GG: Well, with respect to the Motion, I think it’s an important one to study, and to get an understanding of what it’s actually saying and what the impacts of it will be. And we’re looking at that in kind of an ongoing way. It is a Motion and not a Bill, and so it doesn’t carry the force of law, but any motion expresses – in a general sense – the perspective of the House. To be fair, I mean we’re talking about two different people, so there may be many people that are concerned about discrimination against Muslims and are concerned about discrimination against Christians. I would actually count myself in that camp. I mean, I think it’s a reality that Muslims in certain situations can face bigotry and discrimination. I think the same is true of Christians, the same is true of Jews, of Sikhs, of people from a range of different backgrounds. I guess my message would just be that bigotry and discrimination against anyone – that that’s not acceptable. At the same time, it’s okay to disagree with, to criticize the theological or even the social or political claims of a particular religion. It’s okay to say that I don’t agree with Christians, or I think Christianity is correct or incorrect for x-y-z reason. That’s all part of debate that’s legitimate within a democratic society and that kind of debate is not bigotry. But we can and we should say in an even-handed way that discrimination and bigotry are not things that we should accept. I do think there is this dynamic where some people perceive “Hey, Christians have this historically dominant position in our country, and they’re a majority so it’s okay to say things about Christians that we wouldn’t say about minority groups.” That’s a perspective that some people have. Again, it’s not one that I agree with. I think that if you believe that people should be treated fairly and with respect, then that should go for everyone. And your listeners, I think, would appreciate the fact that practicing Christians are a minority in Canada as well, so it’s not really sensible to say “Well, we can criticize them in a different way because they’re part of a majority”, when ostensibly if you think about religious practice, they probably aren’t.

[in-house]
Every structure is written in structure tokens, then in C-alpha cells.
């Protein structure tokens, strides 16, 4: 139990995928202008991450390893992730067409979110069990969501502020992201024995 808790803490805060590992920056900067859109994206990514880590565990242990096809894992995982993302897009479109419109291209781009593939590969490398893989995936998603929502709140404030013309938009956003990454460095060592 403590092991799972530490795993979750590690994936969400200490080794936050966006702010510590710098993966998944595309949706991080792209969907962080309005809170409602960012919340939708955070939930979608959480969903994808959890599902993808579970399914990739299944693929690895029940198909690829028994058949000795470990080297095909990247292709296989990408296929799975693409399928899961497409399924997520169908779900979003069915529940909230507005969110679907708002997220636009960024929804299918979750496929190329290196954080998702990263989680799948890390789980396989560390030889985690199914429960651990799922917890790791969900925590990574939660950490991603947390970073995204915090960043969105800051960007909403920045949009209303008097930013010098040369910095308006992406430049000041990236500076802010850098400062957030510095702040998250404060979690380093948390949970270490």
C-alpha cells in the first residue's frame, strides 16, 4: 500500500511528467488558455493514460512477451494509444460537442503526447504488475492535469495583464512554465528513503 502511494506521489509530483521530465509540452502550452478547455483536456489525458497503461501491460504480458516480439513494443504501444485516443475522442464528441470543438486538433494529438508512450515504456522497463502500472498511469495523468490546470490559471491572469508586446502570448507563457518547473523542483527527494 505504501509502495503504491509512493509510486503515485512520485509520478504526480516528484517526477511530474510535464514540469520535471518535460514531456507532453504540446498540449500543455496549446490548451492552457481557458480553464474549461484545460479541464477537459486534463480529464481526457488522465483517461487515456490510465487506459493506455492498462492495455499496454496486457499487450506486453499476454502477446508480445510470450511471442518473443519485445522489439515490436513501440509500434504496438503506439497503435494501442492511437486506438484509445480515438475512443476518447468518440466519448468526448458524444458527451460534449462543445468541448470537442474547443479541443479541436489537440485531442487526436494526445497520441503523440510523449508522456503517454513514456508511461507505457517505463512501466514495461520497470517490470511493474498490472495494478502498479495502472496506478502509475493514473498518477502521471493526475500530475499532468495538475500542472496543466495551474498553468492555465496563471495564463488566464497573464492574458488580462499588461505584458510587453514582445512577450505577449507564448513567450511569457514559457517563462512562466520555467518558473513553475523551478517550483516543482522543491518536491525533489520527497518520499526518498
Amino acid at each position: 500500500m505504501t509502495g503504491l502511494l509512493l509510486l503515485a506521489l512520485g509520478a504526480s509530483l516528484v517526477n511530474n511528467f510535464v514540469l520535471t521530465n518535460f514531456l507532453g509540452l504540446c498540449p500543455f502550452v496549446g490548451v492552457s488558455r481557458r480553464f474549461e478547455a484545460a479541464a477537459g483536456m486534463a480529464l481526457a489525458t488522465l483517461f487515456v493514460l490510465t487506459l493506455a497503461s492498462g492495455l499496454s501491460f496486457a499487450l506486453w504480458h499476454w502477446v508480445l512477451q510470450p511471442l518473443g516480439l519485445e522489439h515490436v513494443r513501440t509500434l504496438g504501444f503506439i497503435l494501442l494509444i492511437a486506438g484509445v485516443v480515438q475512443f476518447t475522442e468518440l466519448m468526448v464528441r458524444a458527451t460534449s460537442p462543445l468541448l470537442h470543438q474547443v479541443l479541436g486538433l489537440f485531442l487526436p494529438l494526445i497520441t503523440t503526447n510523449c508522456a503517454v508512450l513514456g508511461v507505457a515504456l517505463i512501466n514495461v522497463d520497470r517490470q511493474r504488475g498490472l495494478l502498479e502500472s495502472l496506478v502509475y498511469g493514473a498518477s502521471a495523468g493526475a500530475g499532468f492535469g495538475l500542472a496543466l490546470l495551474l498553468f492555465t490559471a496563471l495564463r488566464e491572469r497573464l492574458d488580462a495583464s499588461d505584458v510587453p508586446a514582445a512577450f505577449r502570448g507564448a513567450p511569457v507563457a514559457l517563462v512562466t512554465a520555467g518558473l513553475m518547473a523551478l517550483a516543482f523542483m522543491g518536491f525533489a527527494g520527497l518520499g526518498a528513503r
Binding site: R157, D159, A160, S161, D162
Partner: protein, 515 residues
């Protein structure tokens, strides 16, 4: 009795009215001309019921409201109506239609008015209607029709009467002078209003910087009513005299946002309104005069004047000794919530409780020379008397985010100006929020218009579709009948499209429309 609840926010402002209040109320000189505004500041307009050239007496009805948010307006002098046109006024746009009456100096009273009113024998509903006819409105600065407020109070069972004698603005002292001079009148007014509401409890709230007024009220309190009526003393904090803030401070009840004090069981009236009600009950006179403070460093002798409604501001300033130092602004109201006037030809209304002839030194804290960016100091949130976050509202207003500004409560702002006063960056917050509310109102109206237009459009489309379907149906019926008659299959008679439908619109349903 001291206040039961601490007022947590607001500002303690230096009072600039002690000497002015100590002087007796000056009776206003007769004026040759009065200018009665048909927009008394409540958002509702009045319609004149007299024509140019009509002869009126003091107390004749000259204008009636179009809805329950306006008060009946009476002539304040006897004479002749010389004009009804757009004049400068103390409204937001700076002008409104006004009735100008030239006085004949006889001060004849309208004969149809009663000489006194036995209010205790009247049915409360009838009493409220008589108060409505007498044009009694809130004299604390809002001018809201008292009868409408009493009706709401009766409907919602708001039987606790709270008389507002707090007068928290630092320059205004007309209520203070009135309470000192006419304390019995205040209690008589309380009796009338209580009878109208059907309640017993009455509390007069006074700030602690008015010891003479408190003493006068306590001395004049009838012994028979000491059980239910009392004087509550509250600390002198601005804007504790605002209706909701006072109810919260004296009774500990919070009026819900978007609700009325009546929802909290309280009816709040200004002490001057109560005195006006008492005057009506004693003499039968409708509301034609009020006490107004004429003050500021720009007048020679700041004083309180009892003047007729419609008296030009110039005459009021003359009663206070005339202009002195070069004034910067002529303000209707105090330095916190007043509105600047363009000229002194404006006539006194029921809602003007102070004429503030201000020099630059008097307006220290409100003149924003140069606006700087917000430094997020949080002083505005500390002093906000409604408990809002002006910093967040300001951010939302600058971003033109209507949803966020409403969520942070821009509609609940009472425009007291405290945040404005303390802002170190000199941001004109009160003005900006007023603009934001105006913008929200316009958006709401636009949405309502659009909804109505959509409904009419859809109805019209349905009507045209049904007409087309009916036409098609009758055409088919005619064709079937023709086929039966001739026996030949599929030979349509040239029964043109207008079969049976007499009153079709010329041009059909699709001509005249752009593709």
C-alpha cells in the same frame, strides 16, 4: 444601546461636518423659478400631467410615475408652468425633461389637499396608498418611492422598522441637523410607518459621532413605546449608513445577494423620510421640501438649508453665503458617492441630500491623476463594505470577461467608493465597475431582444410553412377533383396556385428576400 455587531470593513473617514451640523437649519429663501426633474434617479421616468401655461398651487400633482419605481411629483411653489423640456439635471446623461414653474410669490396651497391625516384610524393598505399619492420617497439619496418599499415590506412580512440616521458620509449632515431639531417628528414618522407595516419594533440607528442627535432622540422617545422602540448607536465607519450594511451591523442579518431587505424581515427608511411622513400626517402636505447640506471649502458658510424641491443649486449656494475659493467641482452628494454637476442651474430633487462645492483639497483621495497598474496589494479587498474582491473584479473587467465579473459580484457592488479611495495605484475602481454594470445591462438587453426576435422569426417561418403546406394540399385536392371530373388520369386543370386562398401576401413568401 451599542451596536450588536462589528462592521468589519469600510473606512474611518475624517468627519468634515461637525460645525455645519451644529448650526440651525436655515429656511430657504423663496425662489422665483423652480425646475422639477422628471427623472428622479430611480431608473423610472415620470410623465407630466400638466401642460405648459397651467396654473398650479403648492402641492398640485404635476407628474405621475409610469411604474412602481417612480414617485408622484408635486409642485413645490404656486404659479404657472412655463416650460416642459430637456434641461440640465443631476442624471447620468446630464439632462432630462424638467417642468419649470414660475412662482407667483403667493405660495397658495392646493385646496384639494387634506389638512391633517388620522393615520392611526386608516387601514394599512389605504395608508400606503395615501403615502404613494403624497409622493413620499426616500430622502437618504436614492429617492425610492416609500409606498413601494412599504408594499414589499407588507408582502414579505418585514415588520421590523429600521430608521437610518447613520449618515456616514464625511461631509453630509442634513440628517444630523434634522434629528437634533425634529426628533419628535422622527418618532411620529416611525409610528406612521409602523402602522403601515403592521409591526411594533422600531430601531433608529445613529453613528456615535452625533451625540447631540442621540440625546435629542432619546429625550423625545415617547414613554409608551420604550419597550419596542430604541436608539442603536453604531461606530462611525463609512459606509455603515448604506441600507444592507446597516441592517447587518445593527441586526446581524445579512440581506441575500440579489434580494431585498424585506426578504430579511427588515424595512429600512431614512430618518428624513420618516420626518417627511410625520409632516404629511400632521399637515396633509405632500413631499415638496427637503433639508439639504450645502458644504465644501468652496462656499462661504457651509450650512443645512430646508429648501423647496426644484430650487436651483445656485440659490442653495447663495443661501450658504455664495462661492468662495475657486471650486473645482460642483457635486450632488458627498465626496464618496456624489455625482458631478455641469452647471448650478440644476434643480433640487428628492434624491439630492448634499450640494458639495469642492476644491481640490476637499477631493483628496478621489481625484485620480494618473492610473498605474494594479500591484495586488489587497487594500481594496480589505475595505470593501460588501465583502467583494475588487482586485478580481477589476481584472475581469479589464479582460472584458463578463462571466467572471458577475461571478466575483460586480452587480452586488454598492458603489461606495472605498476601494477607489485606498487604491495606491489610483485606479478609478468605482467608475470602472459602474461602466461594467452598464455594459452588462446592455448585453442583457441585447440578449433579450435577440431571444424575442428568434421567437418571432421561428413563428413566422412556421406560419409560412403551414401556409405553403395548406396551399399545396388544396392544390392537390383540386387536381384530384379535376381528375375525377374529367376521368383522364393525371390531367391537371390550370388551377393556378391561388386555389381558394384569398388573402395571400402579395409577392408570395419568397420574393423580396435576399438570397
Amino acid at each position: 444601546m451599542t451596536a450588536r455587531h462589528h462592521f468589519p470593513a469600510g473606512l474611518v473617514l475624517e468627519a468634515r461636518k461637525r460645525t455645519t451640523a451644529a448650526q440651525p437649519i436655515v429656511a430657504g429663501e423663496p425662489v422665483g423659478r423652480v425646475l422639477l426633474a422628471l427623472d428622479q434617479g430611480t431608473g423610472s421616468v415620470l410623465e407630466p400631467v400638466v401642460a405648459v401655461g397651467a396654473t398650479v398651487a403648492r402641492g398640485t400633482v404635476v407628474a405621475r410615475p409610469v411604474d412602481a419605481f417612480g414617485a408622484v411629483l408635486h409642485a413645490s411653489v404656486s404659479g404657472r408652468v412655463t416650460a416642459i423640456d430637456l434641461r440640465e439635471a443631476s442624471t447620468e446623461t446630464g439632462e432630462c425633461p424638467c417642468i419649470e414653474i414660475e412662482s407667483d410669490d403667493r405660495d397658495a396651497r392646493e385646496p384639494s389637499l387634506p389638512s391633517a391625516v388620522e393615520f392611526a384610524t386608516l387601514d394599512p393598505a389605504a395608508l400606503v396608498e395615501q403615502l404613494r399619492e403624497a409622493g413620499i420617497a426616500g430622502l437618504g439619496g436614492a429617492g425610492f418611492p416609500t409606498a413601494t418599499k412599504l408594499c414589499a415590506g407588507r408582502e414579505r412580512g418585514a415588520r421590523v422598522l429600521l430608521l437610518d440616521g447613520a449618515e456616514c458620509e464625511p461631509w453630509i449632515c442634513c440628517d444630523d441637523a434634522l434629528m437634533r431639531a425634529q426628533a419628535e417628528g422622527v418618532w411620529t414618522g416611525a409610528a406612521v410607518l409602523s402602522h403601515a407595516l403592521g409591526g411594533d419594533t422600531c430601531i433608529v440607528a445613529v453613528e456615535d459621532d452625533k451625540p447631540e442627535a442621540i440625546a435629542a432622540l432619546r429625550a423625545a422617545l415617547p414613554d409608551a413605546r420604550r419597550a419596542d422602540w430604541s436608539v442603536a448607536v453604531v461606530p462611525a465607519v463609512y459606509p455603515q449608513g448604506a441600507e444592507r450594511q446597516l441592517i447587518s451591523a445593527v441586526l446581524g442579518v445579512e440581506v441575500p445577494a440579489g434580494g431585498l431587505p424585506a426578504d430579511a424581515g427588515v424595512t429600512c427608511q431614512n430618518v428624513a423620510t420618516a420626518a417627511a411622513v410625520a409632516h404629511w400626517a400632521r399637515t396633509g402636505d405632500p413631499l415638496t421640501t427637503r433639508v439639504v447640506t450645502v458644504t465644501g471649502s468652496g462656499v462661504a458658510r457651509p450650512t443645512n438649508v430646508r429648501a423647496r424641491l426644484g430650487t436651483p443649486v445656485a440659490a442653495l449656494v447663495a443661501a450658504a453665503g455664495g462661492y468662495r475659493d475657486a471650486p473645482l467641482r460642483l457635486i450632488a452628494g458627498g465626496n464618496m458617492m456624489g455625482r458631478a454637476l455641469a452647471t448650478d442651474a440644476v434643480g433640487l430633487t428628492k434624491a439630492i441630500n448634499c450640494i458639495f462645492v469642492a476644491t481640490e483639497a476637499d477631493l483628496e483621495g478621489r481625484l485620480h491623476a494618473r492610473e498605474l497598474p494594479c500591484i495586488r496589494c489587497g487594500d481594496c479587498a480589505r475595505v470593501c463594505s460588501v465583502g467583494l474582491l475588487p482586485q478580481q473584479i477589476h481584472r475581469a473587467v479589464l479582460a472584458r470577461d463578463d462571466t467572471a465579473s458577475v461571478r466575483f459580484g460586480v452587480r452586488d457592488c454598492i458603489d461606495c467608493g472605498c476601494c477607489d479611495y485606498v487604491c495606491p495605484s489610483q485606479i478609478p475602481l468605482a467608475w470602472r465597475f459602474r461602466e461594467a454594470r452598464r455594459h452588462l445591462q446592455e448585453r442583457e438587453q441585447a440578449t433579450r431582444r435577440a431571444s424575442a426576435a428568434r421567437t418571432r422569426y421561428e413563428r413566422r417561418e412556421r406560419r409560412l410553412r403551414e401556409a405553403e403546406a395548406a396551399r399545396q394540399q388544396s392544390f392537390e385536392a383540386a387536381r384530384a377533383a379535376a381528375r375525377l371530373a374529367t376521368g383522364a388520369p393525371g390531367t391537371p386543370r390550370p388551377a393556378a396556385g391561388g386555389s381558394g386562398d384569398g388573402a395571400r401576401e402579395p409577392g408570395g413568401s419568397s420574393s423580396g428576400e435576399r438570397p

LN: Well, Barbara Kay asked the question in the National Post last week: “How long until honest criticism of Islamism constitutes a speech crime?” That’s the concern. You’re right, this is a Motion, not a Private Member’s Bill, so it carries less weight, but it does call for “a whole-of-government approach to reducing or eliminating systemic racism and religious discrimination, including Islamophobia.” What exactly does that mean?
GG: Well again, if it’s about saying that discrimination and racism are not acceptable – that discrimination towards Muslims in unacceptable – I think you’d see wide agreement. I don’t know that anybody out there is in favour of discrimination against people on the basis of their background or their religious views, at least not as part of our mainstream political discourse in Canada. But I think it is important that we be able to have real and open debates and religion. I’m a Christian. I don’t have any problem with someone having the freedom to forcefully disagree with the claims of Christianity; even to argue that the social implications of Christianity have been negative, if that’s someone’s view, they’re welcome to express that. So I think we need to just be clear about what we talking about. That discrimination is always and everywhere unacceptable, but it’s also important to be able to have substantive discussion and debate about religious ideas.